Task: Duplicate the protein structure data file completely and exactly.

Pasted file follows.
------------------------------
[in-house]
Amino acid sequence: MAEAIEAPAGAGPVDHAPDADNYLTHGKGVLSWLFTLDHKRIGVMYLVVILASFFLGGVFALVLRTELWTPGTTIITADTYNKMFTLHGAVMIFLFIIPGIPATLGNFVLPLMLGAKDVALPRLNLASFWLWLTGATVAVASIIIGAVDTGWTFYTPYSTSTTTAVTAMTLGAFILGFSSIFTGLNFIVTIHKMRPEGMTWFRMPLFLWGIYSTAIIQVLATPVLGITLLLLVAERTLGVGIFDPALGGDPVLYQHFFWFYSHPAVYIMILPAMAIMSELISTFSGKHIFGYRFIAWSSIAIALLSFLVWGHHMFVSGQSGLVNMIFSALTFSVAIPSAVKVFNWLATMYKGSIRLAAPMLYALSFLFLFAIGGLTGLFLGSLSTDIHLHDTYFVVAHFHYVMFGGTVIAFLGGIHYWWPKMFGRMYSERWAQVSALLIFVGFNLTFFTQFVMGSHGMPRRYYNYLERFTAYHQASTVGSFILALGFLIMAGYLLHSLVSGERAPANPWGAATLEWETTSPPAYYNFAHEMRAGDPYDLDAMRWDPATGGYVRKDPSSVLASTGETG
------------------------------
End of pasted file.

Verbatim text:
[in-house]
Amino acid sequence: MAEAIEAPAGAGPVDHAPDADNYLTHGKGVLSWLFTLDHKRIGVMYLVVILASFFLGGVFALVLRTELWTPGTTIITADTYNKMFTLHGAVMIFLFIIPGIPATLGNFVLPLMLGAKDVALPRLNLASFWLWLTGATVAVASIIIGAVDTGWTFYTPYSTSTTTAVTAMTLGAFILGFSSIFTGLNFIVTIHKMRPEGMTWFRMPLFLWGIYSTAIIQVLATPVLGITLLLLVAERTLGVGIFDPALGGDPVLYQHFFWFYSHPAVYIMILPAMAIMSELISTFSGKHIFGYRFIAWSSIAIALLSFLVWGHHMFVSGQSGLVNMIFSALTFSVAIPSAVKVFNWLATMYKGSIRLAAPMLYALSFLFLFAIGGLTGLFLGSLSTDIHLHDTYFVVAHFHYVMFGGTVIAFLGGIHYWWPKMFGRMYSERWAQVSALLIFVGFNLTFFTQFVMGSHGMPRRYYNYLERFTAYHQASTVGSFILALGFLIMAGYLLHSLVSGERAPANPWGAATLEWETTSPPAYYNFAHEMRAGDPYDLDAMRWDPATGGYVRKDPSSVLASTGETG